Secretary of State John Kerry has made 11 trips to the Middle East since July to facilitate Israeli-Arab peace talks. Last week, it looked as though his efforts were thwarted, when President Mahmoud Abbas applied for membership in international bodies — a move considered off limits by the American-brokered negotiation terms. In response, Israel canceled a prisoner release scheduled for March 29.
Kerry is still urging “the leaders to lead” and to work through the differences, though for now it seems that negotiations have stalled. Israel claims it canceled the prisoner release due to the international membership applications, but the Palestinian leadership said it submitted applications because Israel defaulted on prisoner release terms. And so it goes.
“I have to hope that they’re going to work out a way that they’ll continue negotiations,” said Rabbi Mitchell Wohlberg of Beth Tfiloh Congregation. “It’s no guarantee that negotiations will lead to peace, and yet if you’re not negotiating, you’re not closer to peace.”
At a news conference in Rabat, Morocco, Kerry warned: “There are limits to the amount of time and effort that the United States can spend if the parties themselves are unwilling to take constructive steps in order to be able to move forward.”
Neither party has called off the negotiations, said Kerry, “but we’re not going to sit there indefinitely.”
Local reaction to the stalled peace talks is hopeful, realistic and impassioned. Community members who spoke with the JT did so on his or her own behalf, not on behalf of the organizations with which they are associated.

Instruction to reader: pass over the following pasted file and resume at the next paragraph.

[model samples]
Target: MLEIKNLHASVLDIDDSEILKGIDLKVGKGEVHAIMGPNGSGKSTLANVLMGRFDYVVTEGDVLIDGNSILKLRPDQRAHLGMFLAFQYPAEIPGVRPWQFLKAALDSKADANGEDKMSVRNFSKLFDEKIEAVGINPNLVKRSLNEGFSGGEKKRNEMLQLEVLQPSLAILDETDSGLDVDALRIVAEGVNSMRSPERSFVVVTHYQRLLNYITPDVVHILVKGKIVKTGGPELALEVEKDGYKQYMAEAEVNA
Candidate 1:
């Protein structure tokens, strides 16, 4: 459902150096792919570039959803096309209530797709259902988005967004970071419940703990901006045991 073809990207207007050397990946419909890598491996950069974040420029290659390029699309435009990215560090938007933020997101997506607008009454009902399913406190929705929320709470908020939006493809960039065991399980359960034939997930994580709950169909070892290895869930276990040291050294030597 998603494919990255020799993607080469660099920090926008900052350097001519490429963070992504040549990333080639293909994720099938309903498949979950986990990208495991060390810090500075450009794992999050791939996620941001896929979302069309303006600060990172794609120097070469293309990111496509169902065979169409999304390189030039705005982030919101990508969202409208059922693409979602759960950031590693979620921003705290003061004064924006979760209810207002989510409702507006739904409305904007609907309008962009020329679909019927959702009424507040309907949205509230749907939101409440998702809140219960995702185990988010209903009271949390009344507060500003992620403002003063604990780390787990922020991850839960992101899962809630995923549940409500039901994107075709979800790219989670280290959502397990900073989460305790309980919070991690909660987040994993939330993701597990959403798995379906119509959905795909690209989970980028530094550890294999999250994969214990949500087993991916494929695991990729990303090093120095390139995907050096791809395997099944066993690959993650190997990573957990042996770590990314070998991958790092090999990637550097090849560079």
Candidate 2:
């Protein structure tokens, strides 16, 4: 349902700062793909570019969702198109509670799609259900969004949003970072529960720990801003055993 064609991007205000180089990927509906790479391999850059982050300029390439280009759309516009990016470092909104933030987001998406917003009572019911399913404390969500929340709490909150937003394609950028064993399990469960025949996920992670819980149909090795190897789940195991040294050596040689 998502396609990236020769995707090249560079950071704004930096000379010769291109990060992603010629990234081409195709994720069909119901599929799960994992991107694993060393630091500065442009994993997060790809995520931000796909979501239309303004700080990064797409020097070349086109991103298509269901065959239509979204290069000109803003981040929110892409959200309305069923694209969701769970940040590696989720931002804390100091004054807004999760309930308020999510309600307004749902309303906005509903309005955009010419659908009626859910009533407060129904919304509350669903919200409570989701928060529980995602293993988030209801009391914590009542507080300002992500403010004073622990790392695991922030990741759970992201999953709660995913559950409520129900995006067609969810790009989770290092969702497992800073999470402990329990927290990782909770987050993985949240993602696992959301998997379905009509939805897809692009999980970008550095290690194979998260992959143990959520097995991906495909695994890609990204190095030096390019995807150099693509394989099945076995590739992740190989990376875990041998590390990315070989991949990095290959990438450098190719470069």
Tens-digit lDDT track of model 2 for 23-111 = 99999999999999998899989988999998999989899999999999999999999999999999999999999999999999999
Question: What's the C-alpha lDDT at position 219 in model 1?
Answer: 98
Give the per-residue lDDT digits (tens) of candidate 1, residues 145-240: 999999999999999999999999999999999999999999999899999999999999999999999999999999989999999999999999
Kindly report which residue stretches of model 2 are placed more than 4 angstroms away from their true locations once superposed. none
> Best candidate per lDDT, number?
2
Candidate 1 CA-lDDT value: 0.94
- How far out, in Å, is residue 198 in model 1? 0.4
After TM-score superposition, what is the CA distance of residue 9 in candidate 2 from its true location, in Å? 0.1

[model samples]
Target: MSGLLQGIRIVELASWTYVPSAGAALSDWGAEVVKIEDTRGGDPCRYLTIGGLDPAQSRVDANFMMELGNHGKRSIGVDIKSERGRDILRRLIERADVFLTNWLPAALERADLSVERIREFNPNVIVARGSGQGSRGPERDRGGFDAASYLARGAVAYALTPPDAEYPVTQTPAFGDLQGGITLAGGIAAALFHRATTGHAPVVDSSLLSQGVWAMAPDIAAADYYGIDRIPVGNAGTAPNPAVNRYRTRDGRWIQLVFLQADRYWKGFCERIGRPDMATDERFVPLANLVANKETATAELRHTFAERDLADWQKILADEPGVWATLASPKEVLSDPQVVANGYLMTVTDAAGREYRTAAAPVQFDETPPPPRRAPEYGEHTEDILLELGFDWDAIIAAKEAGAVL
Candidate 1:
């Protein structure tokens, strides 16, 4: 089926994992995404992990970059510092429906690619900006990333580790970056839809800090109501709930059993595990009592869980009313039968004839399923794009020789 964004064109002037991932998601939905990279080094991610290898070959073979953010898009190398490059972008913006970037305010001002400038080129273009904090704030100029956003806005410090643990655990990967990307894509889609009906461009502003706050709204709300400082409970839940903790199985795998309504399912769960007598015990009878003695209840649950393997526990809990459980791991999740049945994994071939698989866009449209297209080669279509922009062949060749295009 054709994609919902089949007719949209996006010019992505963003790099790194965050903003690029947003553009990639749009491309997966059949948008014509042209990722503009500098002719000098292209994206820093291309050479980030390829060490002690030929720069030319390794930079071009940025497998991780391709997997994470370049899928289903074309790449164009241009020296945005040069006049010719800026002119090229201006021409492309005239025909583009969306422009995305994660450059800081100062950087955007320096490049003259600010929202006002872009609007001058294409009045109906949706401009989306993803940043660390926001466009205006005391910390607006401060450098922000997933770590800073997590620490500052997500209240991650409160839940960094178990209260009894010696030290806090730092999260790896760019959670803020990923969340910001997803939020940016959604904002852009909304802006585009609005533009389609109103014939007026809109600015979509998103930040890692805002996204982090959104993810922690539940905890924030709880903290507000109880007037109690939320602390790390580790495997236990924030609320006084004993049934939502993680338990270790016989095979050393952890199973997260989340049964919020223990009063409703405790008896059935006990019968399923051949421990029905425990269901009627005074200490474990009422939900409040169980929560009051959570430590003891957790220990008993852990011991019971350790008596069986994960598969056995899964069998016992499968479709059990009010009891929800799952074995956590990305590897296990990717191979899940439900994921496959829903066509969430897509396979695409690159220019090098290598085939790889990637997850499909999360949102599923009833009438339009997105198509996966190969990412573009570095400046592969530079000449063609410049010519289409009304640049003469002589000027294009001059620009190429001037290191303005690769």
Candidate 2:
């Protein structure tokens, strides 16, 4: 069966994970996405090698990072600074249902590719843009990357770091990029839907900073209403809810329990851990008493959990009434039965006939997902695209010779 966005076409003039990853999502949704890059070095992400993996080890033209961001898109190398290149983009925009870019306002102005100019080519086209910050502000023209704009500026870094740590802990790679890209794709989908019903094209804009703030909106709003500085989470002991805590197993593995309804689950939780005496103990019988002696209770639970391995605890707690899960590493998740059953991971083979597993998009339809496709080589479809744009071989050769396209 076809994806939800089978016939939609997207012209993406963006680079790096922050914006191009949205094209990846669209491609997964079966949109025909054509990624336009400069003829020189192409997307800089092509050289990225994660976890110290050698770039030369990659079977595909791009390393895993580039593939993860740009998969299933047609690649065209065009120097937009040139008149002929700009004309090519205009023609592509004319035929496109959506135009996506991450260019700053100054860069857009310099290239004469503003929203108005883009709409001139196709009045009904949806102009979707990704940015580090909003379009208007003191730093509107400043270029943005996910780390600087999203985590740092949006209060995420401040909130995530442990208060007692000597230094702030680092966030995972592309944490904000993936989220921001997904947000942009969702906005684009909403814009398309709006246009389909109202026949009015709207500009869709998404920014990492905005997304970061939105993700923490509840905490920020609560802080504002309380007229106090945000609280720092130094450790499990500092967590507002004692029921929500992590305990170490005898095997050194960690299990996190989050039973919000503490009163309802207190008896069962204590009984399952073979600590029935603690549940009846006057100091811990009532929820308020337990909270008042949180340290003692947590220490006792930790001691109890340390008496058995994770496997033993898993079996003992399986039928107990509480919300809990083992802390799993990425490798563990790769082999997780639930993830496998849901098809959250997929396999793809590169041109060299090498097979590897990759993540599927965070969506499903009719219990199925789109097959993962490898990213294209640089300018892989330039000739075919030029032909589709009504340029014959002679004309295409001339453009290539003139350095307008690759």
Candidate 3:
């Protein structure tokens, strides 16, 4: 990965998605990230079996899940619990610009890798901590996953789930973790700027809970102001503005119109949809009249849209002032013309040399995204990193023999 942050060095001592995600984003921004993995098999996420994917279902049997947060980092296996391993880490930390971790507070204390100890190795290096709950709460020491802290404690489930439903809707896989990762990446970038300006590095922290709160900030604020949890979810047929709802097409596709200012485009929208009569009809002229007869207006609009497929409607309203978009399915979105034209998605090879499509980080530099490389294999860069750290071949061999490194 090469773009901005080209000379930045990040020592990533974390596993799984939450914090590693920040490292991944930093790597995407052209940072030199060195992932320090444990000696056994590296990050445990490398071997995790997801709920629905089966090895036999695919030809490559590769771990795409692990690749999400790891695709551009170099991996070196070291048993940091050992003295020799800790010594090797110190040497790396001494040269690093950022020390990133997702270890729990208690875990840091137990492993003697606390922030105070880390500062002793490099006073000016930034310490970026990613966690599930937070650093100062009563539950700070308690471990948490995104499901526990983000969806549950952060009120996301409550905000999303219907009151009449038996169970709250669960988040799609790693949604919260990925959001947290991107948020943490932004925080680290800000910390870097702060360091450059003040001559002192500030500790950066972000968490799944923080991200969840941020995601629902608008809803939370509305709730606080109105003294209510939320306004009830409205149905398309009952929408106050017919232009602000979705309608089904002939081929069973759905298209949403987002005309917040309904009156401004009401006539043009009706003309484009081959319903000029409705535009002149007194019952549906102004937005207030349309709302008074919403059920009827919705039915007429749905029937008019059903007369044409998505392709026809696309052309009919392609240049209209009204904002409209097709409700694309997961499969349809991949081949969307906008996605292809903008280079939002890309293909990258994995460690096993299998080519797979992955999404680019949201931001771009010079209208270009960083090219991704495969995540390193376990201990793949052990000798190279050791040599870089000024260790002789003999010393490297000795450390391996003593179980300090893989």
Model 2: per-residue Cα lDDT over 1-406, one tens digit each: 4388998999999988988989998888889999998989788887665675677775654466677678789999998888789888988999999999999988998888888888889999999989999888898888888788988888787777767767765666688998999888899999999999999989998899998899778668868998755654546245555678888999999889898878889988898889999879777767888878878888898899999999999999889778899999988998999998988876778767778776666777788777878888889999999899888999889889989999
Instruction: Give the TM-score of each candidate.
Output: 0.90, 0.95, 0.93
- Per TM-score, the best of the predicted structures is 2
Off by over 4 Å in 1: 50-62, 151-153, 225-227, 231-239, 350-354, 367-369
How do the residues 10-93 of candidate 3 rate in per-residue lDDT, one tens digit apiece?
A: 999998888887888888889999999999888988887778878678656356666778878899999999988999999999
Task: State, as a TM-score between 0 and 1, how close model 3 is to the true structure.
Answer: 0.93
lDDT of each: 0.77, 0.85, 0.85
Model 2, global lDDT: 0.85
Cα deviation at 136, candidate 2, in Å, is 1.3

“If you stop and think of the whole turmoil in the Middle East, what is the island of stability?” questioned Ellen Plant, a member of the Israel Coalition and Baltimore Zionist District. “The island of stability is Israel. Let’s never forget that Israel has been committed to peace since 1948. It has been circumvented year in and year out, and what Abbas did was another step in circumventing the peace process.”
Bill Fox sits on the national council of the American Israel Public Affairs Committee and is a member of the national board of Friends of Israel Defense Forces. He believes it is not just Palestinians who are the point of contention.
“It’s not a Palestinian-Israeli conflict, but an Arab-Israeli conflict,” explained Fox. “The Arab League voted that they will never recognize Israel as a state. How can there be a peace process if the Arabs … do not want a Jewish state in their midst?”
Rabbi Sonya Starr of Columbia Jewish Congregation considered the stalled peace talks in a larger context.
“It feels to me as if our world is losing the art of compromising for a greater good,” said Starr. “We can see it in many different arenas — in the Middle East for a long time but even in our own country, in Washington.”
Brian Sacks is a past president of Baltimore Zionist District and currently co-chairs the Baltimore-Israel Coalition. He said it is unfortunate peace can’t be reached, but he looks at other markers as a move in the right direction.
“Peace treaties, the peace process, hasn’t worked,” said Sacks. “It’s led to quiet in some places, rockets in others.
“Quiet is a good temporary solution,” he added. “Maybe the goal instead of peace should be quiet. Quiet is a good thing.”
Kerry’s seemingly hopeful but realistic approach to broker peace is echoed in some of the local sentiments as well.
“There’s always hope,” said Fox. “I’ve always been hopeful that some accord, some accommodation, consistent with what Israel must have security, recognition, an end to terrorism and an end to incitement [can be reached]. That’s what Israel has to have.”
Plant is hopeful that one day the Israelis and Palestinians can work out an agreement, and she believes that “the day that Abbas and Palestinians recognize Israel’s right to exist as a Jewish state, the road to peace will be much shorter.”
See related story, “Back to the Drawing Board.”